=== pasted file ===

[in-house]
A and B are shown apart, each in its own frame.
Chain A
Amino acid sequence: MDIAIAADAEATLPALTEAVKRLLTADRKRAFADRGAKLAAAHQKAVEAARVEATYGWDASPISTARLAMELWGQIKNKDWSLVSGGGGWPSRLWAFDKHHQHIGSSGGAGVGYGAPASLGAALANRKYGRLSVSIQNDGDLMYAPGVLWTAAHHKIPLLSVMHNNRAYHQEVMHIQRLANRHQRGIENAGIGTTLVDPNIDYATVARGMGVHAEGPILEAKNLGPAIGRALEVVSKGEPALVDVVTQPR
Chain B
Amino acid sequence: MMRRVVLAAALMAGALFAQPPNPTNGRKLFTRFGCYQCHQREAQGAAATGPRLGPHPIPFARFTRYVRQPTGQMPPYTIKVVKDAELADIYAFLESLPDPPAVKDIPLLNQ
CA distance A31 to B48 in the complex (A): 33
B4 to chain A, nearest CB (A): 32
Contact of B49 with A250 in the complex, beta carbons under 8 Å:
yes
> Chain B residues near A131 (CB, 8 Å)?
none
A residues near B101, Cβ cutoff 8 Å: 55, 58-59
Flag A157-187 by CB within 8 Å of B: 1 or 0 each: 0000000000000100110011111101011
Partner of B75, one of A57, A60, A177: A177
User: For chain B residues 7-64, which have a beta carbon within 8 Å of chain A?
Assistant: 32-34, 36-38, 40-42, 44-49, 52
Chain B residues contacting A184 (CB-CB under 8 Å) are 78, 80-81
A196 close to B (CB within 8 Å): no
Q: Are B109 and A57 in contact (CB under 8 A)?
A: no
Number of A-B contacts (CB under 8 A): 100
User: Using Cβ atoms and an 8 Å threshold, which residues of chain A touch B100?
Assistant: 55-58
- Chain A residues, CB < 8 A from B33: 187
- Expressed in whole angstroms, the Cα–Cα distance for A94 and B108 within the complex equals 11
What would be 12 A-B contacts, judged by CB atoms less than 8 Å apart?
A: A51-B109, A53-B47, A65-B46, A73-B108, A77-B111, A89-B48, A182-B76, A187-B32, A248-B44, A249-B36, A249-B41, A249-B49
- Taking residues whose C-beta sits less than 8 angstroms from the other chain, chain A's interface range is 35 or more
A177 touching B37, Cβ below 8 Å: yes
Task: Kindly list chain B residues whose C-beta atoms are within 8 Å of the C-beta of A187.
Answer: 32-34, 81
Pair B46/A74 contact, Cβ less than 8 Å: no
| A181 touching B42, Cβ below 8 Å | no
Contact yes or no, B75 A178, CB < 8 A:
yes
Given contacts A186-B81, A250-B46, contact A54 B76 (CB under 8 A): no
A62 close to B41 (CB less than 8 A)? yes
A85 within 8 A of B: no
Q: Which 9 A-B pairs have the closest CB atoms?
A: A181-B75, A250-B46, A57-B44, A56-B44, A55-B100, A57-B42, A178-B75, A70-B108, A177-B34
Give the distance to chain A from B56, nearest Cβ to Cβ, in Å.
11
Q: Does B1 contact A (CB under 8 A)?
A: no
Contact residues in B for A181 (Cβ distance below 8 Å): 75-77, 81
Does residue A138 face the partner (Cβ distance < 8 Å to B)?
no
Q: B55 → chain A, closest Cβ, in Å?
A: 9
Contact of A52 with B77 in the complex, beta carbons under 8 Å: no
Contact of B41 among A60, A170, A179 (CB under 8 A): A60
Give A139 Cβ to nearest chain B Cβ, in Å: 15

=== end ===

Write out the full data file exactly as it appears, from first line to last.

[in-house]
A and B are shown apart, each in its own frame.
Chain A
Amino acid sequence: MDIAIAADAEATLPALTEAVKRLLTADRKRAFADRGAKLAAAHQKAVEAARVEATYGWDASPISTARLAMELWGQIKNKDWSLVSGGGGWPSRLWAFDKHHQHIGSSGGAGVGYGAPASLGAALANRKYGRLSVSIQNDGDLMYAPGVLWTAAHHKIPLLSVMHNNRAYHQEVMHIQRLANRHQRGIENAGIGTTLVDPNIDYATVARGMGVHAEGPILEAKNLGPAIGRALEVVSKGEPALVDVVTQPR
Chain B
Amino acid sequence: MMRRVVLAAALMAGALFAQPPNPTNGRKLFTRFGCYQCHQREAQGAAATGPRLGPHPIPFARFTRYVRQPTGQMPPYTIKVVKDAELADIYAFLESLPDPPAVKDIPLLNQ
CA distance A31 to B48 in the complex (A): 33
B4 to chain A, nearest CB (A): 32
Contact of B49 with A250 in the complex, beta carbons under 8 Å:
yes
> Chain B residues near A131 (CB, 8 Å)?
none
A residues near B101, Cβ cutoff 8 Å: 55, 58-59
Flag A157-187 by CB within 8 Å of B: 1 or 0 each: 0000000000000100110011111101011
Partner of B75, one of A57, A60, A177: A177
User: For chain B residues 7-64, which have a beta carbon within 8 Å of chain A?
Assistant: 32-34, 36-38, 40-42, 44-49, 52
Chain B residues contacting A184 (CB-CB under 8 Å) are 78, 80-81
A196 close to B (CB within 8 Å): no
Q: Are B109 and A57 in contact (CB under 8 A)?
A: no
Number of A-B contacts (CB under 8 A): 100
User: Using Cβ atoms and an 8 Å threshold, which residues of chain A touch B100?
Assistant: 55-58
- Chain A residues, CB < 8 A from B33: 187
- Expressed in whole angstroms, the Cα–Cα distance for A94 and B108 within the complex equals 11
What would be 12 A-B contacts, judged by CB atoms less than 8 Å apart?
A: A51-B109, A53-B47, A65-B46, A73-B108, A77-B111, A89-B48, A182-B76, A187-B32, A248-B44, A249-B36, A249-B41, A249-B49
- Taking residues whose C-beta sits less than 8 angstroms from the other chain, chain A's interface range is 35 or more
A177 touching B37, Cβ below 8 Å: yes
Task: Kindly list chain B residues whose C-beta atoms are within 8 Å of the C-beta of A187.
Answer: 32-34, 81
Pair B46/A74 contact, Cβ less than 8 Å: no
| A181 touching B42, Cβ below 8 Å | no
Contact yes or no, B75 A178, CB < 8 A:
yes
Given contacts A186-B81, A250-B46, contact A54 B76 (CB under 8 A): no
A62 close to B41 (CB less than 8 A)? yes
A85 within 8 A of B: no
Q: Which 9 A-B pairs have the closest CB atoms?
A: A181-B75, A250-B46, A57-B44, A56-B44, A55-B100, A57-B42, A178-B75, A70-B108, A177-B34
Give the distance to chain A from B56, nearest Cβ to Cβ, in Å.
11
Q: Does B1 contact A (CB under 8 A)?
A: no
Contact residues in B for A181 (Cβ distance below 8 Å): 75-77, 81
Does residue A138 face the partner (Cβ distance < 8 Å to B)?
no
Q: B55 → chain A, closest Cβ, in Å?
A: 9
Contact of A52 with B77 in the complex, beta carbons under 8 Å: no
Contact of B41 among A60, A170, A179 (CB under 8 A): A60
Give A139 Cβ to nearest chain B Cβ, in Å: 15